Dallas Leo Brown appeals his sentence and conviction of two counts of robbery. His sole enumeration is the trial court erred in admitting into evidence appellant's prior armed robbery conviction.
Evidence of other criminal acts of the defendant may be admitted if it is substantially relevant for some other purpose than to show a probability that the defendant committed the crimes on trial merely because he is a man of bad character. Rich v. State, 254 Ga. 11
, 13 (1) (325 SE2d 761
), accord Robinson v. State, 192 Ga. App. 32
, 33 (383 SE2d 593
). Thus, such evidence is not admissible if its only effect is to place the defendant's bad character before the jury. Moore v. State, 254 Ga. 674
, 676 (333 SE2d 605
). "Evidence of similar crimes is admissible where its relevance to show identity, motive, plan, scheme, bent of mind and course of conduct, outweighs its prejudicial impact. However, before it is admissible, two conditions must be satisfied. First, there must be evidence that the defendant was in fact the perpetrator of the independent crime. Second, there must be sufficient similarity or connection between the independent crime and the offense charged. Mere lapse of time between the commission of any prior similar crimes and the commission of the offenses currently at trial does not render the evidence automatically inadmissible. Rather, lapse of time is a factor to be taken into consideration when balancing the probative value of the evidence against its potentially prejudicial impact." (Citations and punctuation omitted.) Oller v. State, 187 Ga. App. 818 (2) (371 SE2d 455)
; see Robinson, supra at 34; see Rich, supra at 14 (eleven-year lapse of time did not preclude admissibility). Although there must exist "sufficient similarities" within the meaning of the above rule, the two occurrences need not be identical. See Brown v. State, 250 Ga. 66
, 73 (5) (295 SE2d 727
In determining whether evidence of similar transactions meets the above admissibility requirements, an appellate court may look to all the competent evidence contained in the record. Compare Bethay v. State, 235 Ga. 371
, 374-375 (219 SE2d 743
) (overruled motion for directed verdict); Robinson v. State, 194 Ga. App. 432
, 433 (2) (390 SE2d 652
), citing Stapleton v. State, 235 Ga. 513
, 515 (1) (220 SE2d 269
) (voluntariness of confession); Newsome v. State, 192 Ga. App. 846 (1) (386 SE2d 887)
, citing Jones v. State, 187 Ga. App. 421
, 422-423 (370 SE2d 784
) (legality of search); Walton v. State, 194 Ga. App. 490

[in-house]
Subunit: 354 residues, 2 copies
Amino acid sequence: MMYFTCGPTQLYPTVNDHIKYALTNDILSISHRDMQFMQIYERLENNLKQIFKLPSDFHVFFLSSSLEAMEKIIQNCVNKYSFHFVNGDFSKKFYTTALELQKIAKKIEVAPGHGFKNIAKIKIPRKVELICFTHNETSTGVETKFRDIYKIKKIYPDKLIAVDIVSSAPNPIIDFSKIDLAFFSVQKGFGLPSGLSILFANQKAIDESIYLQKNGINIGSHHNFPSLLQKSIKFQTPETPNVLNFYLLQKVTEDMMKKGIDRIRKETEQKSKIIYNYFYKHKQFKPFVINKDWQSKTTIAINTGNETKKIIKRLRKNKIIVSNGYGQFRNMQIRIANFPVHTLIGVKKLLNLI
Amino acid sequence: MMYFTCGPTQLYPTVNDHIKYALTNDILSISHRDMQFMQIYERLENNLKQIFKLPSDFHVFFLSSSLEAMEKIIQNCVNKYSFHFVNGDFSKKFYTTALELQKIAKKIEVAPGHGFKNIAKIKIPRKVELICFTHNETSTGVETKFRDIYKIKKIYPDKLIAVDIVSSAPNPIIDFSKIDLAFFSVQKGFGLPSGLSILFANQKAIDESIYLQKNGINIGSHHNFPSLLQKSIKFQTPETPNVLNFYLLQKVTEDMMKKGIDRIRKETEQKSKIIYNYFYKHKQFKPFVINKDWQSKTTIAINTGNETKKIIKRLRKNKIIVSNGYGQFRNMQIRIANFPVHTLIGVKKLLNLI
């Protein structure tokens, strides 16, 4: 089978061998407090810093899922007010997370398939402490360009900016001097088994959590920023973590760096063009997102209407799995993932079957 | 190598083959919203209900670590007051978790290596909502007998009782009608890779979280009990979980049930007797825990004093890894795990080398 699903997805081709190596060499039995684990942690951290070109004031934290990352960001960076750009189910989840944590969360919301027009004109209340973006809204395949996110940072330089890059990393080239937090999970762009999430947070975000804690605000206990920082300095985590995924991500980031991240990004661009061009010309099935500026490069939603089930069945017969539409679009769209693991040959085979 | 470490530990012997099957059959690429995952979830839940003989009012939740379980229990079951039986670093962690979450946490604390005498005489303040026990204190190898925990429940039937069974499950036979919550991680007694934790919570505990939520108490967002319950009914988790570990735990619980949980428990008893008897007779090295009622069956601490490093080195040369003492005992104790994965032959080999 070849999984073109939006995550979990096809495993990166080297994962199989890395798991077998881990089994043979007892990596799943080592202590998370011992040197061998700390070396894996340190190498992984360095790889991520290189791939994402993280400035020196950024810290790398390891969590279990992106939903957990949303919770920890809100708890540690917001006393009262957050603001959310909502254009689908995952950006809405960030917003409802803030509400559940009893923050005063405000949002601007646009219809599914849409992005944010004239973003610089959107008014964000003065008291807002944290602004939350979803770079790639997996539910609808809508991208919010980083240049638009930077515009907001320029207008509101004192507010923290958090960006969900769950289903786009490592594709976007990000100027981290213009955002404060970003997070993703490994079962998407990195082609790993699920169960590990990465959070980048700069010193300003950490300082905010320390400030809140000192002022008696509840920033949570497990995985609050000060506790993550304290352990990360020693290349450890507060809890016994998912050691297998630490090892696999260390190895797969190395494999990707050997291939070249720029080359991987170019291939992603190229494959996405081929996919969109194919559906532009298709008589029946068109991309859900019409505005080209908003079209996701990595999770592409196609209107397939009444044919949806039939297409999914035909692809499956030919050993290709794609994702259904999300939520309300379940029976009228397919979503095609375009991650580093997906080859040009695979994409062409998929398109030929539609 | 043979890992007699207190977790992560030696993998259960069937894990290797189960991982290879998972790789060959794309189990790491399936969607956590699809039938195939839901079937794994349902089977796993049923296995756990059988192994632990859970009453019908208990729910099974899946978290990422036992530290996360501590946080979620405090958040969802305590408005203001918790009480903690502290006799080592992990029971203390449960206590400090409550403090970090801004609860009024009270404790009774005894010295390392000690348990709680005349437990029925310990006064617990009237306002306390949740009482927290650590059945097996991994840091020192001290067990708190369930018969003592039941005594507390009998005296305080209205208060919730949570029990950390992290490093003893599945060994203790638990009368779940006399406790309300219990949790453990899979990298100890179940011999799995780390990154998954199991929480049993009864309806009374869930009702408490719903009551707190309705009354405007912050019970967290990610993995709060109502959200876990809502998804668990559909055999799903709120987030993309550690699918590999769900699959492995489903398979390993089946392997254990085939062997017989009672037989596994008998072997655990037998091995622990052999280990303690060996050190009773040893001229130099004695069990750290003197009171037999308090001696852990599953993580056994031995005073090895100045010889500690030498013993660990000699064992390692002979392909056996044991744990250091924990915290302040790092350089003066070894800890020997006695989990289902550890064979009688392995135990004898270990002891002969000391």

, 491 (1) (390 SE2d 896
) (disclosure of informant's identity); see also Goins v. State, 245 Ga. 62 (2) (262 SE2d 818)
. Among the relevant evidence which may be considered are the admissions of fact, and the reasonable inferences which may be drawn therefrom, made by appellant during his in-court testimony (see generally Cape v. State, 165 Ga. App. 825 (303 SE2d 77)
), and the certified copy of defendant's plea of guilty to the four counts in the indictment and the four-count indictment, with the averments to each count, in State's Exhibit 1 of the trial record (see Masters v. State, 186 Ga. App. 795 (2) (368 SE2d 557)
). As a general rule, Georgia law favors admission of any relevant evidence however slight its probative value. Whisnant v. State, 178 Ga. App. 742 (1) (344 SE2d 536)
Competent evidence of record reveals the following similarities between the robberies committed in the case sub judice in September 1989, and the previous four armed robberies committed during the months of October and November 1979. Defendant was identified on the record as having pled guilty to the 1979 offenses, and as being one of the men who committed the two alleged 1989 robberies. The robberies all occurred at commercial establishments, which were all "late-night" stores. The stores were all located within the Metro Atlanta area. Appellant was accompanied in the 1989 robberies by one or more co-accomplices; he admitted in court that there were co-defendants in the 1979 cases. A weapon was used in the 1979 armed robberies; no weapon was seen in the 1989 robberies, but the perpetrators asserted they possessed and threatened violence with a weapon. Both as to the 1979 and the 1989 robberies, appellant at least initially denied to the police that he had committed the crimes. At least one store robbed in 1979 and one store robbed in 1989 was a Tenneco store. In 1979, appellant robbed the same Arby's restaurant twice within a two-week period, thereby exhibiting a willingness to return to the crime scene. In 1989, he returned to the same Majik Market crime scene the same evening and attempted to steal money. Money was stolen in every robbery except the 1989 robbery of beer at the Majik Market, and appellant and a co-accomplice returned to that store the same evening to demand money.
"[I]nitial admissibility of evidence is a matter which rests largely within the sound discretion of the trial judge. [Cit.]" Masters, supra at 797. We find no abuse of discretion of the trial court in admitting evidence of prior armed robberies for the limited purpose for which the jury properly was instructed. Appellant's assertions are without merit.
Lewis R. Slaton, District Attorney, Rebecca A. Keel, Kenneth D. Feldman, Joseph J. Drolet, Assistant District Attorneys, for appellee.